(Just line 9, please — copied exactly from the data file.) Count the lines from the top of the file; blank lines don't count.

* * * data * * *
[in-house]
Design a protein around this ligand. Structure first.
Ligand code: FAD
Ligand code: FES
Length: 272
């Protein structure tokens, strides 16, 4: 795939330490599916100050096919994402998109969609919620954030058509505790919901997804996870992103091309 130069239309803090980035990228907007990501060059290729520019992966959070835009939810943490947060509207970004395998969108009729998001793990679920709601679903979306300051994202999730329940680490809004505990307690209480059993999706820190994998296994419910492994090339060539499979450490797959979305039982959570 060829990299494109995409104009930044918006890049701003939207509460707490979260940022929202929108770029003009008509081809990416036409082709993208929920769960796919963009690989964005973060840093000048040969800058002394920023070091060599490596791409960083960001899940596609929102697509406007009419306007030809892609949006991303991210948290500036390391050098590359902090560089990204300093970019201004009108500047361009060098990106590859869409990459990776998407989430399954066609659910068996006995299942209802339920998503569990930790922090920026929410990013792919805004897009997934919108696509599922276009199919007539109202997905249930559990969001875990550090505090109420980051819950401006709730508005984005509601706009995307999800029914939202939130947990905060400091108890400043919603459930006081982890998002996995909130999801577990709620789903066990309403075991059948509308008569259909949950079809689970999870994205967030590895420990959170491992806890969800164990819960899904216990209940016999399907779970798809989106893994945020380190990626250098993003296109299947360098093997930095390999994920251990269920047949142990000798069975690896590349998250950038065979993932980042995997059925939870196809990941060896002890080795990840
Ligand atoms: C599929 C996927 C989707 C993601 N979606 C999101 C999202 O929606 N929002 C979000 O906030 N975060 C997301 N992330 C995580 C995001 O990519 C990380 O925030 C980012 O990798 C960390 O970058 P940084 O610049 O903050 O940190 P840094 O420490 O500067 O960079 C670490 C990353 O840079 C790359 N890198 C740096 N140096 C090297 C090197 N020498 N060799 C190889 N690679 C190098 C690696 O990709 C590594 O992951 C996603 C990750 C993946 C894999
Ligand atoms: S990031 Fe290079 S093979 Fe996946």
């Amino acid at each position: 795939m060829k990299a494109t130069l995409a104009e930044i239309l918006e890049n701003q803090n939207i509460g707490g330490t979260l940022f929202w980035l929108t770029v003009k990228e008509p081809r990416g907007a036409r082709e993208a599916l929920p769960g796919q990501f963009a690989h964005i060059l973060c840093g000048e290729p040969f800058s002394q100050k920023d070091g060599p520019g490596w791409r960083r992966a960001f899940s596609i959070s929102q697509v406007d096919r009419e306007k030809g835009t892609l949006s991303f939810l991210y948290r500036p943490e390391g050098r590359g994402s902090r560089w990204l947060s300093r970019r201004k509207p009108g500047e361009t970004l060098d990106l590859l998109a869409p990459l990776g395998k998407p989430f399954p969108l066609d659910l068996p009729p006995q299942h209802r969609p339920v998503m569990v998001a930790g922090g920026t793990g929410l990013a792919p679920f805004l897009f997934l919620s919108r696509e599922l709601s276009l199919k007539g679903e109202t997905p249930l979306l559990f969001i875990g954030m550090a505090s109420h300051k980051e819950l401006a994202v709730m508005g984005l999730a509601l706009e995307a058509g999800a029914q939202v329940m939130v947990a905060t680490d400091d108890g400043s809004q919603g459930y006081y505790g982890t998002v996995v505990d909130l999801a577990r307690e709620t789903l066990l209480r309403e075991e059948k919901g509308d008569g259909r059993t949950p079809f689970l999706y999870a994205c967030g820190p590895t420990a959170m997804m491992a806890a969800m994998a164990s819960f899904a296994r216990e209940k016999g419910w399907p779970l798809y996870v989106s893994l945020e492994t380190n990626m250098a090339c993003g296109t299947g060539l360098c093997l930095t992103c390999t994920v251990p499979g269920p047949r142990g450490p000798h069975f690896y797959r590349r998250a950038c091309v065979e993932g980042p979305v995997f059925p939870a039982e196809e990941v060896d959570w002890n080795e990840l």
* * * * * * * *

């Amino acid at each position: 795939m060829k990299a494109t130069l995409a104009e930044i239309l918006e890049n701003q803090n939207i509460g707490g330490t979260l940022f929202w980035l929108t770029v003009k990228e008509p081809r990416g907007a036409r082709e993208a599916l929920p769960g796919q990501f963009a690989h964005i060059l973060c840093g000048e290729p040969f800058s002394q100050k920023d070091g060599p520019g490596w791409r960083r992966a960001f899940s596609i959070s929102q697509v406007d096919r009419e306007k030809g835009t892609l949006s991303f939810l991210y948290r500036p943490e390391g050098r590359g994402s902090r560089w990204l947060s300093r970019r201004k509207p009108g500047e361009t970004l060098d990106l590859l998109a869409p990459l990776g395998k998407p989430f399954p969108l066609d659910l068996p009729p006995q299942h209802r969609p339920v998503m569990v998001a930790g922090g920026t793990g929410l990013a792919p679920f805004l897009f997934l919620s919108r696509e599922l709601s276009l199919k007539g679903e109202t997905p249930l979306l559990f969001i875990g954030m550090a505090s109420h300051k980051e819950l401006a994202v709730m508005g984005l999730a509601l706009e995307a058509g999800a029914q939202v329940m939130v947990a905060t680490d400091d108890g400043s809004q919603g459930y006081y505790g982890t998002v996995v505990d909130l999801a577990r307690e709620t789903l066990l209480r309403e075991e059948k919901g509308d008569g259909r059993t949950p079809f689970l999706y999870a994205c967030g820190p590895t420990a959170m997804m491992a806890a969800m994998a164990s819960f899904a296994r216990e209940k016999g419910w399907p779970l798809y996870v989106s893994l945020e492994t380190n990626m250098a090339c993003g296109t299947g060539l360098c093997l930095t992103c390999t994920v251990p499979g269920p047949r142990g450490p000798h069975f690896y797959r590349r998250a950038c091309v065979e993932g980042p979305v995997f059925p939870a039982e196809e990941v060896d959570w002890n080795e990840l």